I know for myself that I am not making that difference in my cage. I'm the hamster running on the wheel. I desire to do something that matters but that is not what is asked of me in the cage. Just keep spinning, don't disrupt the flow. That is what is asked of me.

But there is no reprieve. All that exists is wrestling with the fear that keeps you where you are until, hopefully, one day you break through. I just hope I have what it takes to make it to that point.

Tuesday, April 21, 2009


I think I'm starting to get a better understanding of how people see me. This is mainly because of the people who are doing to me what I must do to other people.

Let me take a second to explain. When people send me emails, I respond usually within the hour if not immediately. When people call me, even if they don't leave a message, I call them back, usually right when I see the missed call.

Recently I've met some people who respond constantly with no delay to any message they are sent. It's nice at first, but then after a while you start running out of stuff to say back. They're all about results, results, results. I don't have any results for some of the stuff I'm working on. It's because I'm afraid and don't put the effort into it that I should. I know this, I hate this, but it's extremely hard to force yourself to act on something, even when you don't have anything else to do.

So clearly I do this same thing to other people. They're doing what they want and moving at their own pace and enjoying it and I keep making demands of them to do more or do what I think they should. That must be really annoying.

Knowing this, I'm not sure what is a good solution. Most people seem to be able to generate stuff to do when they are bored. Maybe my lack of focus on detail is what saves me time but then kills me later because of the lack of recall. Also, my jumping from thing to thing leads to a large amount of projects left uncompleted or pending. I never seem to make the time to accomplish big things.

Ironically enough, the big things that I have accomplished and taken the time to do right are the ones I usually end up happy about. An example is my car. I took a long time searching around to determine all the criteria that mattered to me. Then I tried out a lot of cars and finally had put together all the info I needed to make a decision. To this day I'm extremely happy with and excited about my car.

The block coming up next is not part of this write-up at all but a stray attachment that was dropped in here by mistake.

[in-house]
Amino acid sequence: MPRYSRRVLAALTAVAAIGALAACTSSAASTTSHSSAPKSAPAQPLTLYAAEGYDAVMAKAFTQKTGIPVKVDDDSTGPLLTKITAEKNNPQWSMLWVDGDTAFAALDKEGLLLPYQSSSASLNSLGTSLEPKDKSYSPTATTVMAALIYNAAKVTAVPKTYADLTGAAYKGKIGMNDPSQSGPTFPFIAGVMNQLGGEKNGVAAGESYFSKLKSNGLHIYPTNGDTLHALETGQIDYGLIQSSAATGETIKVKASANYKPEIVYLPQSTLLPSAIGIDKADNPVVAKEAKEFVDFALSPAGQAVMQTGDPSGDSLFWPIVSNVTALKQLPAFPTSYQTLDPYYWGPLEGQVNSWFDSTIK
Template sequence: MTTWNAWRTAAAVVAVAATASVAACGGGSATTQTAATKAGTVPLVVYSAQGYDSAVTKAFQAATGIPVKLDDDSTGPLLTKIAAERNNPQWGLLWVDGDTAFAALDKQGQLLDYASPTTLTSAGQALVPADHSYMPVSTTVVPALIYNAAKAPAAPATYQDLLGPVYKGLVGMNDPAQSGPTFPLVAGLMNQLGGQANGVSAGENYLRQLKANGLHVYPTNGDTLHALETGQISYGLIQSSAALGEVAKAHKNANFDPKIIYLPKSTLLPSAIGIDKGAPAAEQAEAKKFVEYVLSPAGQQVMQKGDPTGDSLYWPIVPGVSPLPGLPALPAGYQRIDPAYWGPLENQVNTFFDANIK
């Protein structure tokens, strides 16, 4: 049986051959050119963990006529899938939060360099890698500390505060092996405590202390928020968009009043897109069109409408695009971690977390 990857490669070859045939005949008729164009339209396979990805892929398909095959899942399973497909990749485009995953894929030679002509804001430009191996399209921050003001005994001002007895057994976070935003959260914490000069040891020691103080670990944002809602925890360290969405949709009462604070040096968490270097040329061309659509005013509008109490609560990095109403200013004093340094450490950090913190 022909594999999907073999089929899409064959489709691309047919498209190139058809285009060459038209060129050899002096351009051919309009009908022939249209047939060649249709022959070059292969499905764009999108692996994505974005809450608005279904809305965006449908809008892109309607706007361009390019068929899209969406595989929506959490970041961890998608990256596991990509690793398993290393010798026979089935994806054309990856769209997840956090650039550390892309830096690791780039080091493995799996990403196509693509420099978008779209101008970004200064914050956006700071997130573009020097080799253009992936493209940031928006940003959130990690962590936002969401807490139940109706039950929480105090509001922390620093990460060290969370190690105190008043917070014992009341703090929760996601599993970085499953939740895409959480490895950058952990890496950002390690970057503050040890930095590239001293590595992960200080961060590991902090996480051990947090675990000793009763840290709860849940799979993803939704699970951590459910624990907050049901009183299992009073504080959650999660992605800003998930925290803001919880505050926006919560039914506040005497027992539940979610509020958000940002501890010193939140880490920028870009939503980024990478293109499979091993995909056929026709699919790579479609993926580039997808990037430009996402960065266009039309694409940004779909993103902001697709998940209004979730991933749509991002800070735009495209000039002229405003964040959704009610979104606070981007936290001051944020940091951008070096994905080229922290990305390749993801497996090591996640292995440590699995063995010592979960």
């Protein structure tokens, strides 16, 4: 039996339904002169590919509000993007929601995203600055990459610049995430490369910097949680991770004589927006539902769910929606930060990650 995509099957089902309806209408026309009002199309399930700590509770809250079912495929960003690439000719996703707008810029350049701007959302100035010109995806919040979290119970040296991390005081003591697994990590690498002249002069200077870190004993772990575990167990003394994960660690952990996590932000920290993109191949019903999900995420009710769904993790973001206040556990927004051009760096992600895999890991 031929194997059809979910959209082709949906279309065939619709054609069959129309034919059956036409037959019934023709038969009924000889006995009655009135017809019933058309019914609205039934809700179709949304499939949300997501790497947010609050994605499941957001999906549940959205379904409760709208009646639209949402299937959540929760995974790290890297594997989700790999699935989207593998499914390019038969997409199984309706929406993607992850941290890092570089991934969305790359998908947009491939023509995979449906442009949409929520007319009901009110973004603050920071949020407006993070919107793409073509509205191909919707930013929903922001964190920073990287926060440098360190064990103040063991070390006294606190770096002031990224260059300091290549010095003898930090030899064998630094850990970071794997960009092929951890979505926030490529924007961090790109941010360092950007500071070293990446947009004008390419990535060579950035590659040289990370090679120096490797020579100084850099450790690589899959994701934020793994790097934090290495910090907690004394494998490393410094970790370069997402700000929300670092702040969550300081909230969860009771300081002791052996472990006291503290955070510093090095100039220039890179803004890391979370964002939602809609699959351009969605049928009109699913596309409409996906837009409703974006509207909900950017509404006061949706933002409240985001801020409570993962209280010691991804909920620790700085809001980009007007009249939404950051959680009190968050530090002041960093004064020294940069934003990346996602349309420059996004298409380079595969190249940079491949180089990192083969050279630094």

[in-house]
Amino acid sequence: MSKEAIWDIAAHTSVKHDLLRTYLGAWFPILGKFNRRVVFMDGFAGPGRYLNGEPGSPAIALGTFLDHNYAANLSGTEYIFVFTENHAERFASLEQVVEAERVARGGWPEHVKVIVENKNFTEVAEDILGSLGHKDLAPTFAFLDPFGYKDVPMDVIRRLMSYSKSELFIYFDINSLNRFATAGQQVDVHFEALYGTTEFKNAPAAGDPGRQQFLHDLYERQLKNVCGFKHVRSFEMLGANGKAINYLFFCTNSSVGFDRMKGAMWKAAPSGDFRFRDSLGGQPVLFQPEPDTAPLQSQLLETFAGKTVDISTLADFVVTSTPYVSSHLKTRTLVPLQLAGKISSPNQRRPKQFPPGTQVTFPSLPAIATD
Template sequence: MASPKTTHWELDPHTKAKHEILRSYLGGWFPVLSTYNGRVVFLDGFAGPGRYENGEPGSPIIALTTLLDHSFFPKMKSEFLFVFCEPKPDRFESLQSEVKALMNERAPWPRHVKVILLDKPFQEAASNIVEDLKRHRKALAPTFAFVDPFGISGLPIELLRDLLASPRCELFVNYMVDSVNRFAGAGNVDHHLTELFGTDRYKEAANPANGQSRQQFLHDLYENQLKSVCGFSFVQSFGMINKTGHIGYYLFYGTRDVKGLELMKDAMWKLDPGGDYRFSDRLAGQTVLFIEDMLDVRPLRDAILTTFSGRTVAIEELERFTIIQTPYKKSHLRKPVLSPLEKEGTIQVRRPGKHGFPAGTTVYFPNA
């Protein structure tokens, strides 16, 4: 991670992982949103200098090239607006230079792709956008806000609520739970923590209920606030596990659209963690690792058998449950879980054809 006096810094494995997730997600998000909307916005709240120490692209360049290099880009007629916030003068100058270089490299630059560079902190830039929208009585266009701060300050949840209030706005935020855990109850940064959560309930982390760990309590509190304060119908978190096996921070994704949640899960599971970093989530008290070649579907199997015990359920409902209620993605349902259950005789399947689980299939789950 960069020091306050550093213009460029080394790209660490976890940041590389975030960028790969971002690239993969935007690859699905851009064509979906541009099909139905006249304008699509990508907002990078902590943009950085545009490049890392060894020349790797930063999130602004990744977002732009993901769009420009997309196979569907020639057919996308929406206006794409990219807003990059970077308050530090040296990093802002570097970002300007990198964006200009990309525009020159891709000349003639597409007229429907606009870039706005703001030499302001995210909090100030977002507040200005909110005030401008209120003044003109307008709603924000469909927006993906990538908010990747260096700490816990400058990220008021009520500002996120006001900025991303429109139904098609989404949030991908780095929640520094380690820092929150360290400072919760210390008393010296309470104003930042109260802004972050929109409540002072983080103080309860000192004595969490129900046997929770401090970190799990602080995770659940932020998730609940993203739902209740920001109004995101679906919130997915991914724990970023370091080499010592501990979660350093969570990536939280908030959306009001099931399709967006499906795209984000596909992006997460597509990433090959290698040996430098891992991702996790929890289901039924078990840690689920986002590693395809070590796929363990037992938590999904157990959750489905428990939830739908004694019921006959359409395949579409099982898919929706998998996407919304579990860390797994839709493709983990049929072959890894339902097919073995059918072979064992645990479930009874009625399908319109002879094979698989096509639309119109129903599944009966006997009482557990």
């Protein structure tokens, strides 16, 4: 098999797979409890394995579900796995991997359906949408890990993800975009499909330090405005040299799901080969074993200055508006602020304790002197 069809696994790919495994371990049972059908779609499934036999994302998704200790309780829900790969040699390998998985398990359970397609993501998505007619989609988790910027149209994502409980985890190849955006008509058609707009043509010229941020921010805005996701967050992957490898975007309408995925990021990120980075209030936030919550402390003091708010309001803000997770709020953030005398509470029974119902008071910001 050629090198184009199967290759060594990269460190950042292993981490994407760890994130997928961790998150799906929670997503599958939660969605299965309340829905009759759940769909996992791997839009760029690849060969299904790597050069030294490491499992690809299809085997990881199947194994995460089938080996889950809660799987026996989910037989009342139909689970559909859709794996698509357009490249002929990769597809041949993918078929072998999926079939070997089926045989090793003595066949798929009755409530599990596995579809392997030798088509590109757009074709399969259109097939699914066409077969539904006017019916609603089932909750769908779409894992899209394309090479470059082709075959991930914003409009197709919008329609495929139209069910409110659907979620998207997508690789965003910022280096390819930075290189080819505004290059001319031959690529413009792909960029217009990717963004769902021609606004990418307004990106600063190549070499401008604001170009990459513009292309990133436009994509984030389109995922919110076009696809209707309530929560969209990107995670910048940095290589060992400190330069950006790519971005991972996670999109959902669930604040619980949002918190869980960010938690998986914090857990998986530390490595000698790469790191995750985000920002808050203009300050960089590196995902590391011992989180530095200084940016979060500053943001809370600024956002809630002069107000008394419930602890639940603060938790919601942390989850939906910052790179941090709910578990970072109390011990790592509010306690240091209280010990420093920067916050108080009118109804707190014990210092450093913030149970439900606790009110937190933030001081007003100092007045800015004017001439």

I think the reason I have a problem at work is because of my location. Being in the middle of an open cubicle room, I feel like people can always see what I'm doing. This makes me think I have to always have the appearance that I'm working or busy, even when I'm not. Even when I am working, I feel like any distraction pulls my focus away even when wearing headphones. So I have a situation where I'm setting myself up for failure.

Having these thoughts is always a dual edged sword. It's like now you know what the problem is, but most of the time the solution seems out of my control. So you end up just stewing in the problem.


I belong to Toastmasters and am working my way through the original manual to get the ten speeches finished in order to get my Competent Communicator award. Last night I gave my ninth speech. Normally, I'd post the speech here but I did a presentation with slides, so it wouldn't make a lot of sense without all the elements.

I learned something interesting in giving the speech. For each speech I've spent a lot of time crafting an informative and interesting mixture of content. I figured this approach would keep the audience's attention while giving them valuable advice they can start to apply. I've found that the reaction is never what I would expect.

Here is an example. Last night I started my speech by saying "You're fired!". The idea was to grab attention because people are worried because there is constant talk about how bad the economy is right now. I then talked about steps that people can take to remove that fear by diversifying their income sources.

At the end, the feedback I got was pretty standard. "Great speech". "Very informative". The one that stood out was that I could have said "You're fired" like Trump does in his Celebrity Apprentice show.

So what I've learned from this is that people really don't care about the content of your speech. You could give them the advice of jumping off a bridge or hiding their money under the mattress. It's all about entertainment. Relatable entertainment. Which means pop culture references, word play, unexpected shifts and anything for a laugh.

I'm not sure why this is. I have a feeling that when you present something that seems academic in nature, you're challenging people to think. After a long day at work most people are tired of thinking. They want to shut down and be entertained. This is why athletes, musicians and entertainers get paid so much money.